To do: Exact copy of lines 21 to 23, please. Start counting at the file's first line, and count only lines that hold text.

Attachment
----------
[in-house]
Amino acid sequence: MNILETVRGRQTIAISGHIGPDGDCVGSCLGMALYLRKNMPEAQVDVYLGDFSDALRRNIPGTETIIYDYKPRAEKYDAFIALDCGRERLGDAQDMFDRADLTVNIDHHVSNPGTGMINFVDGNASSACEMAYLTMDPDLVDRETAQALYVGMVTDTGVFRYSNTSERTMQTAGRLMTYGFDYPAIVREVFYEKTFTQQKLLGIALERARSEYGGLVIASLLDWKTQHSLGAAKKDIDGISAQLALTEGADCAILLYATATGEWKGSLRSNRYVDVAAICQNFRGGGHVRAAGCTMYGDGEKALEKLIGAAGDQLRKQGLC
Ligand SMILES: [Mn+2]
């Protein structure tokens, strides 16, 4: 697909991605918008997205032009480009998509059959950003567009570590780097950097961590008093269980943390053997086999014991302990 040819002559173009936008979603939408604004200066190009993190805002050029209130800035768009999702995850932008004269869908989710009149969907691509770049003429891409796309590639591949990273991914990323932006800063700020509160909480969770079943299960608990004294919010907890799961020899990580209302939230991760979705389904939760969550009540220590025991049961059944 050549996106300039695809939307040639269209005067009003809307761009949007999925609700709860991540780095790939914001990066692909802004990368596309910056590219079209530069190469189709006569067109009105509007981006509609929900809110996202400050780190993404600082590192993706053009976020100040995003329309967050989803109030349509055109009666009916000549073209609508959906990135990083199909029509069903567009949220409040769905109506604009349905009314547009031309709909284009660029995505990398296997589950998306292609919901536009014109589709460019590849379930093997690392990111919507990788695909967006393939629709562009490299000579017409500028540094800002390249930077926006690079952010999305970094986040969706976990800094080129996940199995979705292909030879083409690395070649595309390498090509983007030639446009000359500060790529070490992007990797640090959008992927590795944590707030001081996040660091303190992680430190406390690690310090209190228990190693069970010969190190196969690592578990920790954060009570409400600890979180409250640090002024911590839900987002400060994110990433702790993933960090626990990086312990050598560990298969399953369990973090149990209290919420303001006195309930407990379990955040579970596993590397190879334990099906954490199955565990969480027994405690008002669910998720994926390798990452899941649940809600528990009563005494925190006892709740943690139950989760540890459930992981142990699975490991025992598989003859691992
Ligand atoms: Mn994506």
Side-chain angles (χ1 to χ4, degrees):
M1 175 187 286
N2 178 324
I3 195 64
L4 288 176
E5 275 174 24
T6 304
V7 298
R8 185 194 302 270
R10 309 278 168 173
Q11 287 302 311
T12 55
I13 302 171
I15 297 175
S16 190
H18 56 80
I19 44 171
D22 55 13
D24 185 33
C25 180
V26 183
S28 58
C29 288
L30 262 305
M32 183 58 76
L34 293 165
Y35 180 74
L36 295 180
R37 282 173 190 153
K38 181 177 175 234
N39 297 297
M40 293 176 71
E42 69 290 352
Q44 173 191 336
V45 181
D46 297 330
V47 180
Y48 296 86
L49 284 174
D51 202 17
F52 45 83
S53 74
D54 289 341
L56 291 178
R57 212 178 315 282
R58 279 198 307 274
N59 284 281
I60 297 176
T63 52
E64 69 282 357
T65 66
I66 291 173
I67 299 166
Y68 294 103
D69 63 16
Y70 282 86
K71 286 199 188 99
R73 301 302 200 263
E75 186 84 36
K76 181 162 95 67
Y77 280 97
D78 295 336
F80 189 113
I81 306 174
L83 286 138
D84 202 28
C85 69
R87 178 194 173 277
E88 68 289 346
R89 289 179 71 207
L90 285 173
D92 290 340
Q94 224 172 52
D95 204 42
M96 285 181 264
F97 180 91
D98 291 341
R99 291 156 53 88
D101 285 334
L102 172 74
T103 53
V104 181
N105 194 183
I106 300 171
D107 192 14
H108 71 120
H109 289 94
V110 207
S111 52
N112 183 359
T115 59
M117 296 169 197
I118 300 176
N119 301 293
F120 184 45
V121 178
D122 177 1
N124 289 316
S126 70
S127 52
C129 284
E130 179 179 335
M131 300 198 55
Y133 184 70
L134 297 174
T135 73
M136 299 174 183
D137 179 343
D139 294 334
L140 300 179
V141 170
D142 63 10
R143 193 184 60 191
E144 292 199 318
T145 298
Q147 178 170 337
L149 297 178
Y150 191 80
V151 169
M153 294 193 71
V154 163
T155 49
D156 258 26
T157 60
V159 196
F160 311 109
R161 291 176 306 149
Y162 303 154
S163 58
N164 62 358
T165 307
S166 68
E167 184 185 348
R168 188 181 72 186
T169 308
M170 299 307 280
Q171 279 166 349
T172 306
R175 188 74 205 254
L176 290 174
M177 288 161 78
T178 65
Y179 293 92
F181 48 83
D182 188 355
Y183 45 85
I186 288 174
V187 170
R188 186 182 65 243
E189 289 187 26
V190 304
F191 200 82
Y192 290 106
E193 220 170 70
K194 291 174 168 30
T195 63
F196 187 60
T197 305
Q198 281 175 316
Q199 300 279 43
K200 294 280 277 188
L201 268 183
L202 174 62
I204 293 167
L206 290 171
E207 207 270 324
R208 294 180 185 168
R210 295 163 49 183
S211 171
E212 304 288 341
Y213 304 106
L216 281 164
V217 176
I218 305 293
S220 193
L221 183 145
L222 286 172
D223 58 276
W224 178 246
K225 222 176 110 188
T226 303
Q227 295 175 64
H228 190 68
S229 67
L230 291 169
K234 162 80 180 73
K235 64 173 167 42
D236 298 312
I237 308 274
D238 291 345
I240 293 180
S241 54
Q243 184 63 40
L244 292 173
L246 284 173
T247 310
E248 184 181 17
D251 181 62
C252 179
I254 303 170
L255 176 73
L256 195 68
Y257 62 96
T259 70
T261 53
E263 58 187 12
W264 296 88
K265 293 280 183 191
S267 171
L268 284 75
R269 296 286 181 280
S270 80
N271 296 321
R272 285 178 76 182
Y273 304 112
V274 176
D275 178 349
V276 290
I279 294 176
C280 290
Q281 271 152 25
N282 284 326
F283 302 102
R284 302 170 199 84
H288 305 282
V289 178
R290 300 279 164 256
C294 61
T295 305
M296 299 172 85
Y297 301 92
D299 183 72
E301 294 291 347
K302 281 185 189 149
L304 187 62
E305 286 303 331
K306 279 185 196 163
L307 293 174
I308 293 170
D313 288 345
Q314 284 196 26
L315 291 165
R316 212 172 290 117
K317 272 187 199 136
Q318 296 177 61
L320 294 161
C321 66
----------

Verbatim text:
H18 56 80
I19 44 171
D22 55 13